Geometry

The fundamental purpose of the Model Geometry course is to formalize and extend students' geometric experiences from the middle grades. This course is comprised of standards selected from the high school conceptual categories, which were written to encompass the scope of content and skills to be addressed throughout grades 9–12 rather than through any single course.

In this high school Model Geometry course, students explore more complex geometric situations and deepen their explanations of geometric relationships, presenting and hearing formal mathematical arguments. Important differences exist between this course and the historical approach taken in geometry classes. For example, transformations are emphasized in this course. Close attention should be paid to the introductory content for the Geometry conceptual category.

In Geometry, instructional time should focus on six critical areas:

  1. establish criteria for congruence of triangles based on rigid motions;
  2. establish criteria for similarity of triangles based on dilations and proportional reasoning; 
  3. informally develop explanations of circumference, area, and volume formulas;
  4. apply the Pythagorean Theorem to the coordinate plan;
  5. prove basic geometric theorems; and
  6. extend work with probability.

Standards for Mathematical Practice
The 2011 framework introduces Standards for Mathematical Practice. These standards complement the content standards so that students increasingly engage with the subject matter as they grow in mathematical maturity and expertise throughout the elementary, middle, and high school years. These standards are the same at all grades from Prekindergarten to 12th grade.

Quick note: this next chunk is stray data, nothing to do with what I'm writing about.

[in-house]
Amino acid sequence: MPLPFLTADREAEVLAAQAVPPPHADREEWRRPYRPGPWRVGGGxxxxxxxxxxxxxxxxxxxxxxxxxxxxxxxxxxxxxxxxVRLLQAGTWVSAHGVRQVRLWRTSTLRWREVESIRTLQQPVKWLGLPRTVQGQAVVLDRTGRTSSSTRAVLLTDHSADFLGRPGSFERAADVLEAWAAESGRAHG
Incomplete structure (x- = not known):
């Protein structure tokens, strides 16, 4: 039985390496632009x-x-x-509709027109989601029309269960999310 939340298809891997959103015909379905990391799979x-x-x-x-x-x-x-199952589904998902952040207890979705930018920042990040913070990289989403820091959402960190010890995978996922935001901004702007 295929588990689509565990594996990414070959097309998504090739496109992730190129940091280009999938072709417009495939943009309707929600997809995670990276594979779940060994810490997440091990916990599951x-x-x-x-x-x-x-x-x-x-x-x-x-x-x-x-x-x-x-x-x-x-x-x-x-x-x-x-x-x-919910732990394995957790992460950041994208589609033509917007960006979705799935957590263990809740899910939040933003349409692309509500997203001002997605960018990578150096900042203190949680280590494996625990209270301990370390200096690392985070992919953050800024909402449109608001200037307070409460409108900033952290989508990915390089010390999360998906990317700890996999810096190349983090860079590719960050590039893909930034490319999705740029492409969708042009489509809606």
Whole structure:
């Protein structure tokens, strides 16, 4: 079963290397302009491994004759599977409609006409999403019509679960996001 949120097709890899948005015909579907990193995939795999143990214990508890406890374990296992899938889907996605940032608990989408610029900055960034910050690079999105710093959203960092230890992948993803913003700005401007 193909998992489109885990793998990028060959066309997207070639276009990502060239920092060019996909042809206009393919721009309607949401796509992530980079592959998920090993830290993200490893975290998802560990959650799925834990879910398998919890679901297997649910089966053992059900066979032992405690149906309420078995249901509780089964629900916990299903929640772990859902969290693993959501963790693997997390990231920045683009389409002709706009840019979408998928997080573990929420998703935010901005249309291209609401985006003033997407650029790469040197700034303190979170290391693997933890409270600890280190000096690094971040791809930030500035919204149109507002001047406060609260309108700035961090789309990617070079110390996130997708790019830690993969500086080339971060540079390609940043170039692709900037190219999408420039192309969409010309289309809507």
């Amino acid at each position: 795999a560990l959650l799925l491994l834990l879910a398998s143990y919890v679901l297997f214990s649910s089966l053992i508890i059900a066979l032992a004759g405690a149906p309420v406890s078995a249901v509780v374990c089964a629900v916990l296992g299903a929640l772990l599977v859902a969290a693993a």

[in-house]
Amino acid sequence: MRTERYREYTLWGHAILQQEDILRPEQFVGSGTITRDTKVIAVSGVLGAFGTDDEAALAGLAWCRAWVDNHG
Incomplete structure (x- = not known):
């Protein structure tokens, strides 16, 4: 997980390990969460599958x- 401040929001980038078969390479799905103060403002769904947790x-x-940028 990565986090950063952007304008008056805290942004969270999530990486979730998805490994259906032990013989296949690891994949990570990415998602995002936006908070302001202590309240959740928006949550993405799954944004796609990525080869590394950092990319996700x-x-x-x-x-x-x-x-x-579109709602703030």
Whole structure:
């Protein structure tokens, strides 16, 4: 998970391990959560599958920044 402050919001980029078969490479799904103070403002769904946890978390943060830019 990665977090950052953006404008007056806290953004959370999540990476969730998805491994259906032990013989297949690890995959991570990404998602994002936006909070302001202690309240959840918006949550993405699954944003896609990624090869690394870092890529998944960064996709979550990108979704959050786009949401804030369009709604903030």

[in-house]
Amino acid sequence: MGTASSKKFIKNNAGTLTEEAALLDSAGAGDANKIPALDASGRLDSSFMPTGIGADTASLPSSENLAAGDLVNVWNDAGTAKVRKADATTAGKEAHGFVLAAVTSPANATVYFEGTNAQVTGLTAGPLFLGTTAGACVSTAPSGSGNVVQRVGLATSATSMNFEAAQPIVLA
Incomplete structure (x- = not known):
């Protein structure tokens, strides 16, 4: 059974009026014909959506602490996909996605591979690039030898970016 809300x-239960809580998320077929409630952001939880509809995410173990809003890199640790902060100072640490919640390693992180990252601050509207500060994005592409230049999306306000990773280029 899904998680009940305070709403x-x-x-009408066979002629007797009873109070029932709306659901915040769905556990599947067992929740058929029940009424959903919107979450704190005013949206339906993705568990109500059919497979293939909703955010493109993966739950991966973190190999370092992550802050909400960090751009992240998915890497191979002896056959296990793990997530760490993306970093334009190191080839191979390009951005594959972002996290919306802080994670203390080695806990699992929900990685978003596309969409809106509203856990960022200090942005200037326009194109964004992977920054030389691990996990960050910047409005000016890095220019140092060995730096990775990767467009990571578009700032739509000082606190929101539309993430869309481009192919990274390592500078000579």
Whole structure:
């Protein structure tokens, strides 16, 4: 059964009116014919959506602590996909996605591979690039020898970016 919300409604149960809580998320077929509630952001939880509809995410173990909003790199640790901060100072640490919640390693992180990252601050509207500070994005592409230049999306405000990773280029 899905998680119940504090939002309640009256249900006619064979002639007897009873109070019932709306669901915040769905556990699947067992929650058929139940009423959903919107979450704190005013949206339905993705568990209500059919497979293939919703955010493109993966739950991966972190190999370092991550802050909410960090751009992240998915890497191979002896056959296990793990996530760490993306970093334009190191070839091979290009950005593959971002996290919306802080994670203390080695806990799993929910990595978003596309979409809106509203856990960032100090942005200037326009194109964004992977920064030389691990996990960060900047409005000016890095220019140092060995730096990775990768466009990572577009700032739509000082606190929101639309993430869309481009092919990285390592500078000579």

An explanation of how the standards can be highlighted in High School can be found here.

These eight practices can be clustered into the following categories as shown in the chart below:

Habits of Mind of a Productive Mathematical Thinker:
MP.1: Make sense of problems and persevere in solving them.
MP.6: Attend to precision.

Reasoning and Explaining
MP.2: Reason abstractly and quantitatively.
MP.3: Construct viable arguments and critique the reasoning of others

Modeling and Using Tools
MP.4: Model with mathematics.
MP.5: Use appropriate tools strategically.

Seeing Structure and Generalizing
MP.7: Look for and make use of structure.
MP.8: Look for and express regularity in repeated reasoning.

Website by SchoolMessenger Presence. © 2019 West Corporation. All rights reserved.